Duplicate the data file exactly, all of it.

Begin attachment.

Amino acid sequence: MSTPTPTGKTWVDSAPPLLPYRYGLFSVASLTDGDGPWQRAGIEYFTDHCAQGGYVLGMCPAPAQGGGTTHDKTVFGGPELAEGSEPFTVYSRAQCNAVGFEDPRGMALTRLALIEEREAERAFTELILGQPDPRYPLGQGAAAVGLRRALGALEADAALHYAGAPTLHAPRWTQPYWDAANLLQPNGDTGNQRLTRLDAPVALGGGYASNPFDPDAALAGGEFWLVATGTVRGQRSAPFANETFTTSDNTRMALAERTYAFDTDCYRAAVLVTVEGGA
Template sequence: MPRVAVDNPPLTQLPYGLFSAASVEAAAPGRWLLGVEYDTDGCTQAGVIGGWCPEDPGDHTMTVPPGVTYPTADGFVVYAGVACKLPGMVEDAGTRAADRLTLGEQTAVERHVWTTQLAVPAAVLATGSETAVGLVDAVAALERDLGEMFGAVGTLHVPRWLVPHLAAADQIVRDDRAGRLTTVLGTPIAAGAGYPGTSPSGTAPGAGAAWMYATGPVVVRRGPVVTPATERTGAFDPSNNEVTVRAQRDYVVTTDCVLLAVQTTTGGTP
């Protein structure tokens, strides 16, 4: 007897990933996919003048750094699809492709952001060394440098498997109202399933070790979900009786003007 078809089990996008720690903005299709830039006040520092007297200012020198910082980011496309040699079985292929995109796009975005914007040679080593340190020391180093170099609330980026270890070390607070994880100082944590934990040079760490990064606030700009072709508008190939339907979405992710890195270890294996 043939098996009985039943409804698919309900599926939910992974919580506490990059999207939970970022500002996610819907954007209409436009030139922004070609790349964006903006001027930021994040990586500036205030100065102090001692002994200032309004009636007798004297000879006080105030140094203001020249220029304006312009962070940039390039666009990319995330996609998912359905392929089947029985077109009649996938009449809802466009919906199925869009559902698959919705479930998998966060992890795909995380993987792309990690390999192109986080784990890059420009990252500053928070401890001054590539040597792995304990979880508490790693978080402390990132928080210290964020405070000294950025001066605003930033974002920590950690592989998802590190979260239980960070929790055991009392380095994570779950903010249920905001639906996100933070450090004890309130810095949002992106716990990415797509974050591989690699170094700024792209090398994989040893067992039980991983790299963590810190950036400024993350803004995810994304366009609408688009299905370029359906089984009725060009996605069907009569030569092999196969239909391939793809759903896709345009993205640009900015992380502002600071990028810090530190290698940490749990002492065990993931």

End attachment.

Amino acid sequence: MSTPTPTGKTWVDSAPPLLPYRYGLFSVASLTDGDGPWQRAGIEYFTDHCAQGGYVLGMCPAPAQGGGTTHDKTVFGGPELAEGSEPFTVYSRAQCNAVGFEDPRGMALTRLALIEEREAERAFTELILGQPDPRYPLGQGAAAVGLRRALGALEADAALHYAGAPTLHAPRWTQPYWDAANLLQPNGDTGNQRLTRLDAPVALGGGYASNPFDPDAALAGGEFWLVATGTVRGQRSAPFANETFTTSDNTRMALAERTYAFDTDCYRAAVLVTVEGGA
Template sequence: MPRVAVDNPPLTQLPYGLFSAASVEAAAPGRWLLGVEYDTDGCTQAGVIGGWCPEDPGDHTMTVPPGVTYPTADGFVVYAGVACKLPGMVEDAGTRAADRLTLGEQTAVERHVWTTQLAVPAAVLATGSETAVGLVDAVAALERDLGEMFGAVGTLHVPRWLVPHLAAADQIVRDDRAGRLTTVLGTPIAAGAGYPGTSPSGTAPGAGAAWMYATGPVVVRRGPVVTPATERTGAFDPSNNEVTVRAQRDYVVTTDCVLLAVQTTTGGTP
């Protein structure tokens, strides 16, 4: 007897990933996919003048750094699809492709952001060394440098498997109202399933070790979900009786003007 078809089990996008720690903005299709830039006040520092007297200012020198910082980011496309040699079985292929995109796009975005914007040679080593340190020391180093170099609330980026270890070390607070994880100082944590934990040079760490990064606030700009072709508008190939339907979405992710890195270890294996 043939098996009985039943409804698919309900599926939910992974919580506490990059999207939970970022500002996610819907954007209409436009030139922004070609790349964006903006001027930021994040990586500036205030100065102090001692002994200032309004009636007798004297000879006080105030140094203001020249220029304006312009962070940039390039666009990319995330996609998912359905392929089947029985077109009649996938009449809802466009919906199925869009559902698959919705479930998998966060992890795909995380993987792309990690390999192109986080784990890059420009990252500053928070401890001054590539040597792995304990979880508490790693978080402390990132928080210290964020405070000294950025001066605003930033974002920590950690592989998802590190979260239980960070929790055991009392380095994570779950903010249920905001639906996100933070450090004890309130810095949002992106716990990415797509974050591989690699170094700024792209090398994989040893067992039980991983790299963590810190950036400024993350803004995810994304366009609408688009299905370029359906089984009725060009996605069907009569030569092999196969239909391939793809759903896709345009993205640009900015992380502002600071990028810090530190290698940490749990002492065990993931």